25 September 2014

As light dims and food sources are limited, key changes in proteins occur in cyanobacteria

Identification of redox-sensitive enzymes can enrich biofuel production research

Using a targeted chemical biology approach, scientists at Pacific Northwest National Laboratory (PNNL) identified an important subset consisting of more than 300 proteins in a bacterium adept at converting carbon dioxide into other molecules of interest to energy researchers. These proteins are involved in generating macromolecule synthesis and carbon flux through central metabolic pathways and may also be involved in cell signaling and response mechanisms.

The team’s research also suggests that dynamic redox changes in response to specific nutrient limitations, including carbon and nitrogen limitations, contribute to the regulatory changes driven by a shift from light to dark.

They also observed that the number of labeled proteins under nitrogen or carbon limitation was ~50 percent greater than in nutrient-replete cultures, suggesting that nitrogen or carbon limitation results in increased probe labeling of proteins, indicative of a more reduced cellular environment.

“Together, our results contribute to a high-level understanding of post-translational mechanisms that regulate flux distributions and suggest potential metabolic engineering targets for redirecting carbon toward biofuel precursors,” said Dr. Charles Ansong, PNNL scientist and co-first author of the research publication that appears in Frontiers in Microbiology. “Our identification of redox-sensitive enzymes involved in these processes can potentially enrich the experimental design of research in biofuel production.”

Why It Matters: Plants or organisms that use sunlight to convert inorganic materials to organic ones for chemical compound production and respiration, among other functions, are called phototrophs. Scientists are interested in them because their conversion properties could translate into research experiments for biofuel production. But a key step toward such research is understanding protein redox chemistry-a reaction that can alter protein structure thereby regulating function. The lack of such understanding is a major void in knowledge about photoautotrophic system regulation and signaling processes.

To decrease that void, the PNNL team analyzed redox-sensitive proteins in live Synechococcus sp. PCC 7002 cells in both light and dark periods, and to understand how cellular redox balance is disrupted during nutrient perturbation.

Methods: Post-translational modifications in proteins provide a mechanism to rapidly regulate catalytic activity, and redox reactions in cysteine residues are a known mechanism. To determine the dynamic nature of the changes in redox status in Synechococcus, the scientists used cysteine thiol-specific probes, which are permeable to cells and can therefore identify redox-sensitive proteins in vivo.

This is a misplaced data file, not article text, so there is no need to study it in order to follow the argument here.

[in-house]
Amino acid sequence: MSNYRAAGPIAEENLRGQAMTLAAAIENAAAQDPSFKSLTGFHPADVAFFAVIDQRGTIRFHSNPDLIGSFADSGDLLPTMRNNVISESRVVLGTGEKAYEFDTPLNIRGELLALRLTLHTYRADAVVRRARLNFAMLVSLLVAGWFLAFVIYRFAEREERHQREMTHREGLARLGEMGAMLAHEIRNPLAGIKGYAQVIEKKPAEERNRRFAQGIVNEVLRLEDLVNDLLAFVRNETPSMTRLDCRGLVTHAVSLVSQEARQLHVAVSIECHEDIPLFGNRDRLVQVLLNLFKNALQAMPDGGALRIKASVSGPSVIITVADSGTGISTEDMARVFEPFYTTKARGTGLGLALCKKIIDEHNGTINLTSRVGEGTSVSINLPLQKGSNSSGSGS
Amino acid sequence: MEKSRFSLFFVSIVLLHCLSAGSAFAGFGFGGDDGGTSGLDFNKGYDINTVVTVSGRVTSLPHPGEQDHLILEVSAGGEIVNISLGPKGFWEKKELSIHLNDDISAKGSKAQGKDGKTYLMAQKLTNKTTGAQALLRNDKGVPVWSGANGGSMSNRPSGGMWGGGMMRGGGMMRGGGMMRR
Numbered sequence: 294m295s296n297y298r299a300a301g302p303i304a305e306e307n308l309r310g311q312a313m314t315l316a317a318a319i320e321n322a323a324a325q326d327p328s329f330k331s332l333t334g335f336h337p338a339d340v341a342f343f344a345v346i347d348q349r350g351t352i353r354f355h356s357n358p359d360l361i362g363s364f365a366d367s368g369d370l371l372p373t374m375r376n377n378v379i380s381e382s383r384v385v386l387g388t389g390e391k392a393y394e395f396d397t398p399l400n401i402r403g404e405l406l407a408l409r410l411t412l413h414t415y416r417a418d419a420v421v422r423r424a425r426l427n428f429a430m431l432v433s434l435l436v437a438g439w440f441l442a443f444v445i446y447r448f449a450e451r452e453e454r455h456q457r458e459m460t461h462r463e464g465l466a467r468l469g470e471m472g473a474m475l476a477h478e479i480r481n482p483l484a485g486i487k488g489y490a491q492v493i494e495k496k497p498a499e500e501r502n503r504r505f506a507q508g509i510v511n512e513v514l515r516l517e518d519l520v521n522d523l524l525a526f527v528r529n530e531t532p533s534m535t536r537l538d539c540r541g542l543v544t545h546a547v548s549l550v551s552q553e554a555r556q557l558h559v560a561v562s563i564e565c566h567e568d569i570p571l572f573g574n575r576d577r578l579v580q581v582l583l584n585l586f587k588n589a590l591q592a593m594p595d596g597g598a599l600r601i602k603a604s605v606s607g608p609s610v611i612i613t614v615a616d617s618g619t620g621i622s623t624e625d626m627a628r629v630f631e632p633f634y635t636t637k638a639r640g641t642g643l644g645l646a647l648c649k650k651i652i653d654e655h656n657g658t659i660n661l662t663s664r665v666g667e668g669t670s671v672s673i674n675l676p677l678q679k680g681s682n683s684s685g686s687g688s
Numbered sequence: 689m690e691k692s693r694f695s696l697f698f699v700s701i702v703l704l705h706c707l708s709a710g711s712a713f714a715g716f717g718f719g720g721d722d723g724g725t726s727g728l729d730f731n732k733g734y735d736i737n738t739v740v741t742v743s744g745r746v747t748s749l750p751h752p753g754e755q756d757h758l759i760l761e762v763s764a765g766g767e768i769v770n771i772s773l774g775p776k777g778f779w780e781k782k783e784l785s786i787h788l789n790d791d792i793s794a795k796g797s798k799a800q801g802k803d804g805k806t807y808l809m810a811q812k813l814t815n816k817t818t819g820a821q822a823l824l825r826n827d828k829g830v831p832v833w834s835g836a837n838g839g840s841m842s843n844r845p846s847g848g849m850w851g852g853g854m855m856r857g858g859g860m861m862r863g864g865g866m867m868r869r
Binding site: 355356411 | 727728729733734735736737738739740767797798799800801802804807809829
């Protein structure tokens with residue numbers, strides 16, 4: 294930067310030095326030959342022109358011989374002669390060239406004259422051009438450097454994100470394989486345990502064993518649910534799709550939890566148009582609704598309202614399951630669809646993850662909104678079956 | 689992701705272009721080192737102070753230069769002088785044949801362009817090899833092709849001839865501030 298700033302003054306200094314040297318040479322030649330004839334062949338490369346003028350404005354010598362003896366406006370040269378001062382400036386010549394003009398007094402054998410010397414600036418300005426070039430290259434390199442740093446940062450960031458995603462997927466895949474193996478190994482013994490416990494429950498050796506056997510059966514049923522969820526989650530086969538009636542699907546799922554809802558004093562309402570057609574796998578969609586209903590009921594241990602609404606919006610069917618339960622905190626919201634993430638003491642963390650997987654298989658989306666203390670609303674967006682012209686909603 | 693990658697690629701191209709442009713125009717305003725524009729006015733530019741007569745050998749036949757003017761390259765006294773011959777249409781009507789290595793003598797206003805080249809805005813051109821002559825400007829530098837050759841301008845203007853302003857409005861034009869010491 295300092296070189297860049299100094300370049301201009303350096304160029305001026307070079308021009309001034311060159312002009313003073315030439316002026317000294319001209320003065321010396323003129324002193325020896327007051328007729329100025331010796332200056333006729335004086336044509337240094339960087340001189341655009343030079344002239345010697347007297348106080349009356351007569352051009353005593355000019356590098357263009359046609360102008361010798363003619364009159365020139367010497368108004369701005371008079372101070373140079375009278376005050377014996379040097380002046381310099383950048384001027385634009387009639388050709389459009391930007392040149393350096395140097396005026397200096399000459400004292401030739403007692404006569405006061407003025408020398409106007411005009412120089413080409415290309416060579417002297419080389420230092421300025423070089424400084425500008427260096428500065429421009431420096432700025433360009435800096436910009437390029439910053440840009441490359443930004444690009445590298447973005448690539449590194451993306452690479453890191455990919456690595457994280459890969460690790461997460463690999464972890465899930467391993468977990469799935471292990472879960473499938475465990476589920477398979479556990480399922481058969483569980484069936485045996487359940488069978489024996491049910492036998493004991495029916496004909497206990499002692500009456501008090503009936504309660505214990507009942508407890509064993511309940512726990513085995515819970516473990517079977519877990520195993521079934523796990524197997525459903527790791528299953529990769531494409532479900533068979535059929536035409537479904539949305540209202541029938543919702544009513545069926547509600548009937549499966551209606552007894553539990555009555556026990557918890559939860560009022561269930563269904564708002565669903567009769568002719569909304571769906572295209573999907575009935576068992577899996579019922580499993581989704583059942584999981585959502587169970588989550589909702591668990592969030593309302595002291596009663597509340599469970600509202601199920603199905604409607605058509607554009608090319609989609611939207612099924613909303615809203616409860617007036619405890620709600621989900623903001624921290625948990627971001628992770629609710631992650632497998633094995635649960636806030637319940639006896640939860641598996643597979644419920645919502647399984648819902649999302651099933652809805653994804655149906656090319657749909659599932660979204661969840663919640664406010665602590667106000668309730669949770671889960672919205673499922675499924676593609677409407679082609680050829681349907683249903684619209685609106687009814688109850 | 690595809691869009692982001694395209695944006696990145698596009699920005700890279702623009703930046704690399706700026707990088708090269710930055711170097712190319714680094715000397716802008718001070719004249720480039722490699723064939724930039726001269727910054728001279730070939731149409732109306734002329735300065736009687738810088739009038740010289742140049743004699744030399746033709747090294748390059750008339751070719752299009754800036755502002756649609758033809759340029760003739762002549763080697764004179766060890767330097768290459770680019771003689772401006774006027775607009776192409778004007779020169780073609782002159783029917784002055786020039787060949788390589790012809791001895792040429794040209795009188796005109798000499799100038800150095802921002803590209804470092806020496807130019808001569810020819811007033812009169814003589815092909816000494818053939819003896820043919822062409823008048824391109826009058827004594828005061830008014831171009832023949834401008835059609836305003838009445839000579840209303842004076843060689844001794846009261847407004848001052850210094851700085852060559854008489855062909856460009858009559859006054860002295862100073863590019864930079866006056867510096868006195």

They showed that this approach can detect redox changes in proteins involved in all major biological processes in Synechococcus, including proteins involved in energy metabolism, translation/protein synthesis, and photosynthesis and respiration, confirming and extending their previous observations.


Overview of the chemical biology technique used by PNNL scientists to determine Synechococcus sp. PCC 7002 cells’ protein redox status in real time and identify redox-sensitive proteins as they occurred under induced nutrient perturbations including C and N limitation and transition from light to dark environments. Cell-permeable chemical probes derived from iodoacetamide (IAM-RP) and n-ethylmaleimide (Mal-RP) (top right) were applied to living cells. Once applied, the chemical probes irreversibly labeled proteins with reduced cysteines (bottom middle). The probe-labeled proteins were subsequently isolated for identification by high-resolution LC-MS (bottom right).

What’s Next? “Follow-up studies could include our results to match redox partners and their roles in metabolism to optimize their proposed mutants,” said Natalie Sadler, co-first author of the publication.

An example of a metabolic process well known to be redox regulated is the Calvin-Benson cycle. The scientists identified nine of the 11 Calvin-Benson enzymes providing excellent proof of concept; they now aim to pursue proteins identified by the probe that may either act as regulators or, alternatively, are regulated by redox reactions and play roles in biofuel-relevant pathways.



Sponsors: This research was supported by the Genomic Science Program (GSP) of the U.S. Department of Energy (DOE) Office of Biological and Environmental Research (BER), and is a contribution of the PNNL Biofuels and Foundational Scientific Focus Areas and the GSP-supported Pan-omics project at PNNL; mass spectrometry-based measurements and microscopy were performed in EMSL, a DOE Office of Science User Facility sponsored by BER and located at PNNL.

Research Team: Charles Ansong, Natalie C. Sadler, Eric A. Hill, Michael P. Lewis, Erika M. Zink, Richard D. Smith, Alexander S. Beliaev, Allan E. Konopka, and Aaron T. Wright, all PNNL.

User Facility: EMSL

Reference: Ansong C*, NC Sadler*, EA Hill, MP Lewis, EM Zink, RD Smith, AS Beliaev, A Konopka, and AT Wright. 2014. “Protein Redox Dynamics During Light-to-Dark Transitions in Cyanobacteria and Impacts Due to Nutrient Limitation.” Frontiers in Microbiology Online 03 July 2014. DOI: 10.3389/fmicb.2014.00325.

*Co-first authors


Source: Pacific Northwest National Laboratory, press release, 2014-09.


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